Pittsburgh Lawyers Taking on Sexual Abuse of Disabled People
If Someone Has Taken Advantage of You or a Loved One Sexually, You Deserve Justice
Anyone with a disability faces a harder path in life than those who are fully abled. Our society has not been built to accommodate those who are different. When it comes to abuse, especially sexual abuse, systems sometimes seem to work against justice. Often, police will refuse to even prosecute sexual abuse cases in which the accuser has a cognitive or physical disability. The person who is suffering from mistreatment has no chance for justice or closure, and their abuser is free to continue assaulting others.
We understand that those who live with disabilities are especially susceptible to sexual assault. Many factors come together to create situations where abuse thrives and reporting is hard, if not impossible, for those in this position. Our attorneys want to help. We have been representing the victims of sexual abuse for many years. Your story deserves to be told.
If you want to fight for justice, we are on your side. Contact our team at (844) 383-0565 for your free and confidential consultation.
The Pervasive Abuse of People with Disabilities
Over the past few years, we have been having a societal reckoning with the prevalence of sexual harassment and abuse in our institutions. Terrible crimes have been committed and many victims’ lives ruined. Among disabled people, especially those with intellectual disabilities, the rates of sexual violence are even higher.
The “official” numbers of disabled adults and children who face abuse are almost certainly low, as many victims either choose to not talk about what happened or are prevented from doing so. Even with this underreporting, the rates of abuse are alarming.
- Women in institutions experience abuse at a rate of 33% when they are disabled vs. 21% when they are abled.
- Among men who acquired a disability at some point in their life, 55% reported experiencing physical abuse of some type after becoming disabled.
- Over the course of their adult lives, 26–90% of disabled women and 29–87% of men experience interpersonal violence.
Those with intellectual disabilities have a higher risk even than those with physical disabilities. Nearly 90% of cognitively (or developmentally) disabled women are sexually assaulted at least once in their lifetime.
Is There a Path to Justice?
Though so many people with disabilities are abused, very few are able to receive any sort of justice. Many obstacles stand between them and a successful court verdict.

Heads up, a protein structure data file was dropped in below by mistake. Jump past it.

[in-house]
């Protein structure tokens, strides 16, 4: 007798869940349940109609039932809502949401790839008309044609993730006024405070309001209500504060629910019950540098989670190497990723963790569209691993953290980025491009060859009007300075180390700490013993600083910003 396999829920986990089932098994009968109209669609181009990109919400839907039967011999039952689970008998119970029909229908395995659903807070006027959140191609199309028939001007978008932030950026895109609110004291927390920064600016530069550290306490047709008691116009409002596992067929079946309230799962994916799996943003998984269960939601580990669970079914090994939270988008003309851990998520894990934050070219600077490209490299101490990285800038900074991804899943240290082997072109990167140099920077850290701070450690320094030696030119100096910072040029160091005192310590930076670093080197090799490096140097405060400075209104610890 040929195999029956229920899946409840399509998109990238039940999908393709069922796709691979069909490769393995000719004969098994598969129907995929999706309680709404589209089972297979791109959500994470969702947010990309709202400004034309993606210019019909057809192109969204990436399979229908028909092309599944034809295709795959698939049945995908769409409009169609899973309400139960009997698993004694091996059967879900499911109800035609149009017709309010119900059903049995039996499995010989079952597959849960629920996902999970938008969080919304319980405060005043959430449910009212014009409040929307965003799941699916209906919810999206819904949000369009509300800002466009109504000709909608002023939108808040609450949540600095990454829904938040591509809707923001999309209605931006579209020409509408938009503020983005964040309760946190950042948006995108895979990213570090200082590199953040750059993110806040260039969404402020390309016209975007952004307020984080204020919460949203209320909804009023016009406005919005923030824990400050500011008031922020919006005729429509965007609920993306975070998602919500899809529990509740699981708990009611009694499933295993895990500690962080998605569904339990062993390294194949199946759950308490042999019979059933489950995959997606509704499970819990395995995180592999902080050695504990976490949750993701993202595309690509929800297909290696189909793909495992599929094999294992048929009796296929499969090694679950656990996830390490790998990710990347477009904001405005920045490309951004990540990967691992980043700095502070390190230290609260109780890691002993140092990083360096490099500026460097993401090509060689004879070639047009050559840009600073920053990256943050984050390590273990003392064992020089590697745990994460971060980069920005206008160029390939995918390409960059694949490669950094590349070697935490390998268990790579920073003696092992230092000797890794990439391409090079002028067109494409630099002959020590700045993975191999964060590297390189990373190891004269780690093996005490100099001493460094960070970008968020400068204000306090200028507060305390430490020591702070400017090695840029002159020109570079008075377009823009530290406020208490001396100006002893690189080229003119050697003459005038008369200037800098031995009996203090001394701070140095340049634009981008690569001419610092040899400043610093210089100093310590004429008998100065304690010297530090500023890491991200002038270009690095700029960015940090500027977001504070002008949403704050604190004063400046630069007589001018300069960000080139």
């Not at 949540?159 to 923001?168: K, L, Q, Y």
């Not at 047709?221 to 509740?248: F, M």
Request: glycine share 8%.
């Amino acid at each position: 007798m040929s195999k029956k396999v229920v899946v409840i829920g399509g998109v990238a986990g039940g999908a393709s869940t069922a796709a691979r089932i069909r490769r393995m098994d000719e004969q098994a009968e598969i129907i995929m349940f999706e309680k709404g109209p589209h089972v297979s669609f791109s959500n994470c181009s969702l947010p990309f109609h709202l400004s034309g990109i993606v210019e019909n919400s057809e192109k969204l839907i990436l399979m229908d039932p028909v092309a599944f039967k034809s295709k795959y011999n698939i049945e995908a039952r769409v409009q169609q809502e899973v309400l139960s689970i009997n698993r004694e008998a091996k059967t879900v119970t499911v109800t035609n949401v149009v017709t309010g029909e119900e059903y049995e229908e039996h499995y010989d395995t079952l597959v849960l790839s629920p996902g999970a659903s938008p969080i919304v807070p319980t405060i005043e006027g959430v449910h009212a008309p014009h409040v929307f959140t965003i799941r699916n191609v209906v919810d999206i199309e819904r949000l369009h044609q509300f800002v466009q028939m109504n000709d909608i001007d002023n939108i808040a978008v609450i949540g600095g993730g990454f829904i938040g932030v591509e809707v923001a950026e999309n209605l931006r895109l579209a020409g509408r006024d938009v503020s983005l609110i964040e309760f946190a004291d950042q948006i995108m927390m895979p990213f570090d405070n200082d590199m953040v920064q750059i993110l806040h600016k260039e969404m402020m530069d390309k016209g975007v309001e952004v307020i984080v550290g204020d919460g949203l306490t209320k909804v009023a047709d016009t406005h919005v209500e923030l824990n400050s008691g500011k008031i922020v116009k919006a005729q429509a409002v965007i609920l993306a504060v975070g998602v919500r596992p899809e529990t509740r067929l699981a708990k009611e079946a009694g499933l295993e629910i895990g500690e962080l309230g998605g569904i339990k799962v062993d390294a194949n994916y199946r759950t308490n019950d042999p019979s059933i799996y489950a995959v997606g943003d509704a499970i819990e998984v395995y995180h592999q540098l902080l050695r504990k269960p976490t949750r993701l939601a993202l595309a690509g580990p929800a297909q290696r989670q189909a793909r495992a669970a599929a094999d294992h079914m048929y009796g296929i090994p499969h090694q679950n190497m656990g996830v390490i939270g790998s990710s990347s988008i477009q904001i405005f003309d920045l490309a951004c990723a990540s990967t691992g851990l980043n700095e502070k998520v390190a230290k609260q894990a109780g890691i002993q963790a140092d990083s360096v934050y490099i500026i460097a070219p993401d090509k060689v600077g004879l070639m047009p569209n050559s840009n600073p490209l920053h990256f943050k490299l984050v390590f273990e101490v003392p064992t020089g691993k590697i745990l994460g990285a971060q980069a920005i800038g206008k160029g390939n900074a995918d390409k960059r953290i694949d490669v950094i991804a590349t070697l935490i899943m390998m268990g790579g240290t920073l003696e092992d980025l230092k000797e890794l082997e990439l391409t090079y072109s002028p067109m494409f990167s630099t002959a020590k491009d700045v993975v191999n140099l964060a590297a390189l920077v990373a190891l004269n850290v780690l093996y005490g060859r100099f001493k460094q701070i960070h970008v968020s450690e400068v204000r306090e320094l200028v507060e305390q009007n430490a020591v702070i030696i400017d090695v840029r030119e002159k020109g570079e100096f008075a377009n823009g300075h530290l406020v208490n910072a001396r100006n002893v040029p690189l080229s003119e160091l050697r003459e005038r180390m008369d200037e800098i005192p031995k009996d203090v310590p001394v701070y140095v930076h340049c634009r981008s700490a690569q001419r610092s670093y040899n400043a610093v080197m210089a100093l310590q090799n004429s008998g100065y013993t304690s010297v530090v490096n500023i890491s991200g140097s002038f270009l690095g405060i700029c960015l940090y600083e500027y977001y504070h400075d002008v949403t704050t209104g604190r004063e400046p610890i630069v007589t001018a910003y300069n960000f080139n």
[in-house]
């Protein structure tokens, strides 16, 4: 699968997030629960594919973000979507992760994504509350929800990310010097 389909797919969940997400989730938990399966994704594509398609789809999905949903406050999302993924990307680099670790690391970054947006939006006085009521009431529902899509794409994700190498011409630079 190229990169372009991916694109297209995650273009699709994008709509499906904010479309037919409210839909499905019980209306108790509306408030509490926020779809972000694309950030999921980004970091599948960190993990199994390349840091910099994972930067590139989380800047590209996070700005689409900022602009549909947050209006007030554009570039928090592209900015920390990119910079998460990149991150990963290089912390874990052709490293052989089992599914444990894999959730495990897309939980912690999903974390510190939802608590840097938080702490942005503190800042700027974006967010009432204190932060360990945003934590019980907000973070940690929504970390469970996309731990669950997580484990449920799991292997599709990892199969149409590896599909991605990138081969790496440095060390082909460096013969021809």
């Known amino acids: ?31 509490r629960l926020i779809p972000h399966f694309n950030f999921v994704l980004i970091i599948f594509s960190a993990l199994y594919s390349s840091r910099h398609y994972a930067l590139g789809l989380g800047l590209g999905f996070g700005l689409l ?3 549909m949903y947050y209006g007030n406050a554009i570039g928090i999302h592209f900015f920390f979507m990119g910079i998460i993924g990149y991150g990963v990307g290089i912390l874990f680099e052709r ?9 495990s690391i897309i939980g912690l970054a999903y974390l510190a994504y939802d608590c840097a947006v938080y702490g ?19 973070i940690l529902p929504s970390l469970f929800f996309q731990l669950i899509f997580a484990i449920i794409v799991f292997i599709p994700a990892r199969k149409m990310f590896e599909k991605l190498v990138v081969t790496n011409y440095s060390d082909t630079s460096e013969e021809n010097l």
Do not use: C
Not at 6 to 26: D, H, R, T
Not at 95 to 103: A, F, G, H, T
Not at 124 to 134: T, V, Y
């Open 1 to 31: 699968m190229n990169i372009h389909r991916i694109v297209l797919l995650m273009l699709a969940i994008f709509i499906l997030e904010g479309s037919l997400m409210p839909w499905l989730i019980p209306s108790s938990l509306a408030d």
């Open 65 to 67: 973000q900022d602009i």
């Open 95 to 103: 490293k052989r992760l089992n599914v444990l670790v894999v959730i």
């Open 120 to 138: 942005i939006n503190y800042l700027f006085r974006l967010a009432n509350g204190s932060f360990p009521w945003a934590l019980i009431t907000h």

Reporting Is Nearly Impossible
Among disabled people, sexual abuse is typically perpetrated by someone known to the victim. RAINN found that among this community:
- 33% of abusers are family members
- 33% of abusers are friends/acquaintances
- 25% of abusers are caregivers
This leaves only 9% of abuse perpetrated by strangers. However, reporting someone you know may be more difficult than blowing the whistle on a stranger. First, when relying on someone for support—as those with disabilities often do—accusing them threatens your well-being. Being removed from their care might be a positive, but it could also leave you without a home. If your claims aren’t believed, you face the threat of retaliation.
People with disabilities are also more likely to be cut off from society at large due to a lack of accessible venues and widespread bias against them. They may not have contact with anyone to whom they can report sexual violence. With no way to fight back, they have no choice but to endure the abuse.
Believability Is Questioned
Given the difficulty many abled people have convincing the court system (and the public) to believe their stories, it’s no surprise that those with disabilities have it worse in this arena as well.
If you, as a disabled victim of sexual assault, do manage to make a report, society is less likely to believe you because of the widespread misconception that people with disabilities do not have sexual needs, desires, or capabilities. Things others take for granted, like access to a counselor trained to help someone like you, often aren’t available.
Abusers may use their victim’s disability against them—it’s easier to manipulate those with intellectual disabilities to the point where they have trouble giving convincing testimony. Perhaps because of this, police and prosecutors believe such cases won’t win in court and therefore decline to even try them. Having your message discounted in this way can be emotionally painful and discouraging.
We Want to Help You Win
Abusers, especially those who purposefully target vulnerable populations, should not be allowed to avoid all responsibility. Where the criminal justice system won’t help you, our attorneys are ready to step up. Filing a case in civil court may help you see your abuser punished. You may also receive justice in the form of compensation.
Sexual abuse can have many long-lasting effects, and you deserve the best help possible. With a financial safety net, you might be able to become independent from abusive households or institutions. You won’t be forced to accept help from a predator when you have the resources to find a kind and respectful caregiver.